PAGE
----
False equivalence. They didn't take up arms to defend the right to own another person; that was not the crux of the Revolutionary War. It was certainly the result, shamefully enshrined in our Constitution, but that was not at the base of their rebellion ...unlike the Confederates.

How many statues of George III did we have to pull down? That's right, none.

I think that erecting statues of traitors is stupid. I understand why those statues were put up. It was not to ennoble the indefensible ... it was to justify the inexcusable. If Jefferson et al had as the primary accomplishment in their lives the defense of slavery, you might have a point; but we honor them for deeper and more humane, righteous reasons, imperfect though those men were. If you'd like, I'll list those accomplishments for you and you can judge for yourself.

What was Jeff Davis's biggest accomplishment? What deeds would a statue of him memorialize? Are those actions worth honoring?

I understand that all men are flawed. I understand that we are all beholden to our times. But I also understand that our times change, and that honoring backwards views can be counterproductive. It puzzles me why atheists who labor under the social opprobrium imposed by a Bronze-Age religion, who scoff at the crucifixes of a representative of a maleficent god, should defend further symbols of oppression simply because they are more historically tangible. That historicity is all the more reason to withhold respect.

It's a false equivalence, yes, but I never said they were equivalent. Let me reconstruct the sequence. Someone (Dr. H) pointed out that all these people were slave owners. You responded that only one group took up arms against their country. My response was to that one statement only, pointing out that if Robert E. Lee was a "traitor", so was George Washington (and to a lesser degree, every man who signed the Declaration of Independence). George Washington was an officer in the British army, and he took up arms against the British. If that's not treason, I don't know what is. That's really the only point I was making.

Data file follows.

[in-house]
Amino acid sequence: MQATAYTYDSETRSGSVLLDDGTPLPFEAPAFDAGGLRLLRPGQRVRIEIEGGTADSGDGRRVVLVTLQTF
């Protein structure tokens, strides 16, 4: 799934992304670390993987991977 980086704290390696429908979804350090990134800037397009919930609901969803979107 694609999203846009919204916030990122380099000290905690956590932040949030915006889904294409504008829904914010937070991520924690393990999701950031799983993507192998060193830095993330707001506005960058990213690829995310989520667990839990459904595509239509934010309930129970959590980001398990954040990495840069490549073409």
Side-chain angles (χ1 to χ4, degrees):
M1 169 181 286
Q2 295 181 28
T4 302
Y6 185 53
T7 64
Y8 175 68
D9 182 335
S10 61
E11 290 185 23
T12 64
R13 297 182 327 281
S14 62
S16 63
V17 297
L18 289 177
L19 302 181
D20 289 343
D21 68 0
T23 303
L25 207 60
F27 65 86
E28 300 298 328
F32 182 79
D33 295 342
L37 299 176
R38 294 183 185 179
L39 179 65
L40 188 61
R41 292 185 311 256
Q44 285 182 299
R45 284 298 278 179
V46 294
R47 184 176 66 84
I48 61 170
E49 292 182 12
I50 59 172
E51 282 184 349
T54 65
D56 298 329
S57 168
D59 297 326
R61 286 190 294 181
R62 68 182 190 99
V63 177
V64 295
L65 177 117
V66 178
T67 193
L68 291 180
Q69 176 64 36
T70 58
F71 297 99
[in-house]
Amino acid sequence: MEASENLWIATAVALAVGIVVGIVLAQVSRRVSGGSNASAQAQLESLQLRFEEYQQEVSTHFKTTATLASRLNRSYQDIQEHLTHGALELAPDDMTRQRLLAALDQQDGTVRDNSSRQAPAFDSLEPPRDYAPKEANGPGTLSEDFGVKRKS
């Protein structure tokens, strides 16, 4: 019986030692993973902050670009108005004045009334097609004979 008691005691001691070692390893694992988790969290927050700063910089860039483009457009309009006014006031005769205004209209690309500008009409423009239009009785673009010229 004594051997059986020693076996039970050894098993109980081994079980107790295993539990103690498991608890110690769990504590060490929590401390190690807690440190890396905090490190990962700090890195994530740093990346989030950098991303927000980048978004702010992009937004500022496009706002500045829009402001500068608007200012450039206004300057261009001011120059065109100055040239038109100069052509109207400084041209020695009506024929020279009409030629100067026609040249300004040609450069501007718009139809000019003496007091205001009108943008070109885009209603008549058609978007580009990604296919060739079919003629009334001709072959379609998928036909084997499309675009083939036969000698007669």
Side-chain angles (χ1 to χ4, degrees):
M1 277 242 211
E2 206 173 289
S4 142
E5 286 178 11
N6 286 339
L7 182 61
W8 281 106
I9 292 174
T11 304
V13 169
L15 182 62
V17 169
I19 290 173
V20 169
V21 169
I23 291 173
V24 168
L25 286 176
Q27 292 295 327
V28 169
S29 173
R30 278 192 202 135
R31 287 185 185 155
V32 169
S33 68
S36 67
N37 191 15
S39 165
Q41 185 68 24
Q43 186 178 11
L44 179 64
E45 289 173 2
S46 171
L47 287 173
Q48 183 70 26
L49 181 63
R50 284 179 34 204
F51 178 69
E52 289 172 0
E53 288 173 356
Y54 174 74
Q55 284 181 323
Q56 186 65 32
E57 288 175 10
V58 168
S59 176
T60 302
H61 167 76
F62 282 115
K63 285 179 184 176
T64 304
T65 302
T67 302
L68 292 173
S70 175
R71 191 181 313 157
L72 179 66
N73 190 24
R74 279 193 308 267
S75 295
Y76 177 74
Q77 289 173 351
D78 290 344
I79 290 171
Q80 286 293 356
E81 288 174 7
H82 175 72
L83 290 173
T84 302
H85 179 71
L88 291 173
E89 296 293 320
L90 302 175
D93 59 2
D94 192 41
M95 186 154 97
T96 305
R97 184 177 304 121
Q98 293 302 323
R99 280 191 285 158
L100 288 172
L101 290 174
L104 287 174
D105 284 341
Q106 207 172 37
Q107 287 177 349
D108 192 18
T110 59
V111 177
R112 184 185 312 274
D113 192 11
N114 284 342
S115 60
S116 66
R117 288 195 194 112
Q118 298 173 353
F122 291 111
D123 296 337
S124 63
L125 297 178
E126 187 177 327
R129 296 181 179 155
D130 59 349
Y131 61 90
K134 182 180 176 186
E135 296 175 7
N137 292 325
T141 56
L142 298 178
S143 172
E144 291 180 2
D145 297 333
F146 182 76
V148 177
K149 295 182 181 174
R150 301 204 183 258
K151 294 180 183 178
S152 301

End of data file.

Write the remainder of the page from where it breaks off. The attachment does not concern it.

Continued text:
Now, if you want to vilify Lee, Jackson, Davis, et al because they were fighting to preserve the institution of slavery, that's a different issue, and I will not try to contest that one (although even there, it's not as simple as it appears -- they were defending other things as well).

My main beef is that the accusations of treason make me quite uncomfortable, as that is a loaded term, and a relative term. George Washington was every bit as much a traitor as Robert E. Lee, and I don't think it's fair to call Washington a hero and Lee a villain on that basis alone. Whether or not you go down in history as a traitor depends entirely on whether or not your side won.
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18-08-2017, 11:05 AM
RE: "I wonder, is it George Washington next week?"
(18-08-2017 09:15 AM)Thumpalumpacus Wrote:  
(18-08-2017 01:12 AM)morondog Wrote:  IIRC it was originally worded even more strongly but was toned down to avoid offending the slave-owning states. Interestingly enough the creators of the Rhodesian declaration of independence (a state founded on the principle of minority white rule) greatly admired the US constitution and plagiarised some chunks of it. Conveniently left out the "all men are created equal" line though.

That phrase is nowhere found in the US Constitution, which document infamously and explicitly assigns lesser value to black people for the purpose of Congressional representation of a slave state.

Aye, it's the declaration of independence Smile

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(06-02-2014 03:47 PM)Momsurroundedbyboys Wrote:  And I'm giving myself a conclusion again from all the facepalming.